The same could be true when a person doesn’t drink. They may have severe mood swings or become aggressive because they need to have a drink.
If they calm down after a drink, they may be addicted to alcohol and should seek help.
9. Change in Physical Appearance
When you consistently have high levels of alcohol in your system, your physical appearance can change.
For example, there may be weight loss or weight gain that’s noticeable. There are also changes in the face. You may experience flushed skin or notice blood vessels across your face.
10. Withdrawal Symptoms When You Stop
Have you ever had anxiety, trouble sleeping, or shaky hands when you’re not drinking?
These could be signs that you are going through an alcoholic withdrawal. Your body has physically become addicted to alcohol, and when the level of alcohol is reduced, you suffer from withdrawal symptoms.
How to Get Help
If these signs of an alcoholic hit close to home, it may be time to seek help. There are many options available to get the help that you or your loved one needs.
If you’re dealing with a loved one, approaching them to help may be the most difficult thing to do. An alcoholic may not be themselves and could get defensive.
It’s important not to blame them or come across as attacking them. Put yourself in their shoes for a moment before you talk to them. How would you like to be approached? This will help you find kindness and compassion that will need to be conveyed to get the message through to your loved one.
When you do talk them, don’t start off with You statements like “You’ve been drinking way too much.” This can be seen as blaming.
Instead, use I statements like “I noticed that you’re drinking more and I’m concerned about you.”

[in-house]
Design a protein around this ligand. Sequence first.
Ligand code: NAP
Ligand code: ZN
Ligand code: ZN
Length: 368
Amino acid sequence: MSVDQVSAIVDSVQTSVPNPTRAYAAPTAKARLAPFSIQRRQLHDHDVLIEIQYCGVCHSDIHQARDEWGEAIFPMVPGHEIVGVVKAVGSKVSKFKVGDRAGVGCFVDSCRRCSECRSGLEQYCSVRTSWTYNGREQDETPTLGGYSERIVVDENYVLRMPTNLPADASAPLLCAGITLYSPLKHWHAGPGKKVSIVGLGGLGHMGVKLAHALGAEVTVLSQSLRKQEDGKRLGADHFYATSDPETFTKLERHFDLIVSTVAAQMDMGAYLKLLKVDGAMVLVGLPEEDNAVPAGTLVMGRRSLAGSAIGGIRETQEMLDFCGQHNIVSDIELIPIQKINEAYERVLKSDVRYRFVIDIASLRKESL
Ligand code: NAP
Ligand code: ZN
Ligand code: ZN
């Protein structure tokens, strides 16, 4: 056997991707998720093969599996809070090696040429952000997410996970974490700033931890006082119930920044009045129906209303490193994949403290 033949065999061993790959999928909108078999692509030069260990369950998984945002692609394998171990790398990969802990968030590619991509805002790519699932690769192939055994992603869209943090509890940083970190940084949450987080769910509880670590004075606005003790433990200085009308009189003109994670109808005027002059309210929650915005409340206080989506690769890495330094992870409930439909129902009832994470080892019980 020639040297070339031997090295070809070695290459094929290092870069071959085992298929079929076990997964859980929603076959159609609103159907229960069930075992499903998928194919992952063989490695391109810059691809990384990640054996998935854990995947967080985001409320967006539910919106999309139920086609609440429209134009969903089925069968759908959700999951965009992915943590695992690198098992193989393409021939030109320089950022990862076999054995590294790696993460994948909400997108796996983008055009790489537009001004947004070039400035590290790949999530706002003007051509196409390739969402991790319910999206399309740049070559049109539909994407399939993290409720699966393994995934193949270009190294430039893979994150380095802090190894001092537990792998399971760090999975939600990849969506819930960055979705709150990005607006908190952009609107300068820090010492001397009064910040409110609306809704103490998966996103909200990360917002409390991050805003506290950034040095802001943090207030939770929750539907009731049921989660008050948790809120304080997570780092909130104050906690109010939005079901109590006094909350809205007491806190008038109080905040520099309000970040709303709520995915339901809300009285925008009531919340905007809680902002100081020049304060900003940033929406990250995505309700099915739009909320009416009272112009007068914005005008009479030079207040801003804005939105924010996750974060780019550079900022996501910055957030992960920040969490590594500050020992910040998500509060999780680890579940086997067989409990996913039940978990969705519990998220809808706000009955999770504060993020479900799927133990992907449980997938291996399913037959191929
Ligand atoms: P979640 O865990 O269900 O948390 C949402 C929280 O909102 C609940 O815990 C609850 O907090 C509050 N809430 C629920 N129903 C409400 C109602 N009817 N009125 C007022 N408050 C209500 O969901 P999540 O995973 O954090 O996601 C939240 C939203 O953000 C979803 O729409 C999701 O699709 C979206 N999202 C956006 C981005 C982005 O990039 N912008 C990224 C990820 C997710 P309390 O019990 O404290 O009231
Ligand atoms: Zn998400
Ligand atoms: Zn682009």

That type of approach may open them up to conversation instead of shutting you out.
Treatment centers, such as a private rehab center, can assist with getting the help that an alcoholic needs to recover.
There are some basic things you can expect from treatment centers.
They offer confidential treatment and many have inpatient and outpatient services. Treatment stays range from 30-90 days, which will enable you to get the support that’s needed to get sober.
AA is a nonprofessional group that offers support to people who are recovering from alcoholism. Based on the famed 12-Step Program, AA is a spiritual journey as much as it is a tool to get sober.
Technology Can Aid Recovery
You can also use the power of technology in your sobriety. For instance, in South Korea, doctors are employing virtual reality to help patients.
There are many apps available that can help you maintain sobriety and assist in recovery.
The Warning Signs of an Alcoholic
There’s a difference between drinking socially and drinking to relieve stress and anxiety. When you drink to relieve stress and anxiety. Knowing the signs of an alcoholic to guide you towards making a life-saving decision.
If you or a loved one needs help, there are options available, from smartphone apps to treatments centers.